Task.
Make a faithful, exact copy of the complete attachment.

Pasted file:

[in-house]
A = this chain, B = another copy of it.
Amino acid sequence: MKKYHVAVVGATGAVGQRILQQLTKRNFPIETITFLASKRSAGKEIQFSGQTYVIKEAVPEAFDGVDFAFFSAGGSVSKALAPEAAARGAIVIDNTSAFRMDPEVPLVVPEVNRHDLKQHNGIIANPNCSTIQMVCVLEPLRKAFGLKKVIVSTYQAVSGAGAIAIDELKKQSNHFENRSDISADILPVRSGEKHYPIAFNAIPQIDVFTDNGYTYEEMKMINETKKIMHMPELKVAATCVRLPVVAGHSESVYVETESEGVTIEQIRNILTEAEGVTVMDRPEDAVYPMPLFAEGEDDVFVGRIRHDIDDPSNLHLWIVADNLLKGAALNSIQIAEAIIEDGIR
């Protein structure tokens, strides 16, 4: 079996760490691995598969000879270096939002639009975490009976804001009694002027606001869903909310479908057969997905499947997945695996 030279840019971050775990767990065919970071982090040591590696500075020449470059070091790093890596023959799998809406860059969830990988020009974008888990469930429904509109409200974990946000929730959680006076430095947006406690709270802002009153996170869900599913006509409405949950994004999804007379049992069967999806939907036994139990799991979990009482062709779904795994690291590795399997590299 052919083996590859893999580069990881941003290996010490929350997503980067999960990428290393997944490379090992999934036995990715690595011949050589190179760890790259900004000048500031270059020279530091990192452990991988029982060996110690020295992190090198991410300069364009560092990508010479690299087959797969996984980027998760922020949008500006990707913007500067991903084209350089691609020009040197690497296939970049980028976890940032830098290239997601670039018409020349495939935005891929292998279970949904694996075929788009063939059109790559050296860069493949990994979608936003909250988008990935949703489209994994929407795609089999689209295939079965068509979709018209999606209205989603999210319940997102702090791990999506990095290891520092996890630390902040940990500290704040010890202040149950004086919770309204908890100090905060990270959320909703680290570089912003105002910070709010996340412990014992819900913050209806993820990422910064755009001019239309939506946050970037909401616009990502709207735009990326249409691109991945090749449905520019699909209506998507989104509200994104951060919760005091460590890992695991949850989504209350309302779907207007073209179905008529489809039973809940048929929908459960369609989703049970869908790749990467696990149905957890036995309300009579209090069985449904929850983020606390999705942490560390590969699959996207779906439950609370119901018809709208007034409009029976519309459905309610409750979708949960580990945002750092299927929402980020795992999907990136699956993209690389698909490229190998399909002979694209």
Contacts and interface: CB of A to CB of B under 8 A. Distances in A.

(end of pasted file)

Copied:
[in-house]
A = this chain, B = another copy of it.
Amino acid sequence: MKKYHVAVVGATGAVGQRILQQLTKRNFPIETITFLASKRSAGKEIQFSGQTYVIKEAVPEAFDGVDFAFFSAGGSVSKALAPEAAARGAIVIDNTSAFRMDPEVPLVVPEVNRHDLKQHNGIIANPNCSTIQMVCVLEPLRKAFGLKKVIVSTYQAVSGAGAIAIDELKKQSNHFENRSDISADILPVRSGEKHYPIAFNAIPQIDVFTDNGYTYEEMKMINETKKIMHMPELKVAATCVRLPVVAGHSESVYVETESEGVTIEQIRNILTEAEGVTVMDRPEDAVYPMPLFAEGEDDVFVGRIRHDIDDPSNLHLWIVADNLLKGAALNSIQIAEAIIEDGIR
């Protein structure tokens, strides 16, 4: 079996760490691995598969000879270096939002639009975490009976804001009694002027606001869903909310479908057969997905499947997945695996 030279840019971050775990767990065919970071982090040591590696500075020449470059070091790093890596023959799998809406860059969830990988020009974008888990469930429904509109409200974990946000929730959680006076430095947006406690709270802002009153996170869900599913006509409405949950994004999804007379049992069967999806939907036994139990799991979990009482062709779904795994690291590795399997590299 052919083996590859893999580069990881941003290996010490929350997503980067999960990428290393997944490379090992999934036995990715690595011949050589190179760890790259900004000048500031270059020279530091990192452990991988029982060996110690020295992190090198991410300069364009560092990508010479690299087959797969996984980027998760922020949008500006990707913007500067991903084209350089691609020009040197690497296939970049980028976890940032830098290239997601670039018409020349495939935005891929292998279970949904694996075929788009063939059109790559050296860069493949990994979608936003909250988008990935949703489209994994929407795609089999689209295939079965068509979709018209999606209205989603999210319940997102702090791990999506990095290891520092996890630390902040940990500290704040010890202040149950004086919770309204908890100090905060990270959320909703680290570089912003105002910070709010996340412990014992819900913050209806993820990422910064755009001019239309939506946050970037909401616009990502709207735009990326249409691109991945090749449905520019699909209506998507989104509200994104951060919760005091460590890992695991949850989504209350309302779907207007073209179905008529489809039973809940048929929908459960369609989703049970869908790749990467696990149905957890036995309300009579209090069985449904929850983020606390999705942490560390590969699959996207779906439950609370119901018809709208007034409009029976519309459905309610409750979708949960580990945002750092299927929402980020795992999907990136699956993209690389698909490229190998399909002979694209």
Contacts and interface: CB of A to CB of B under 8 A. Distances in A.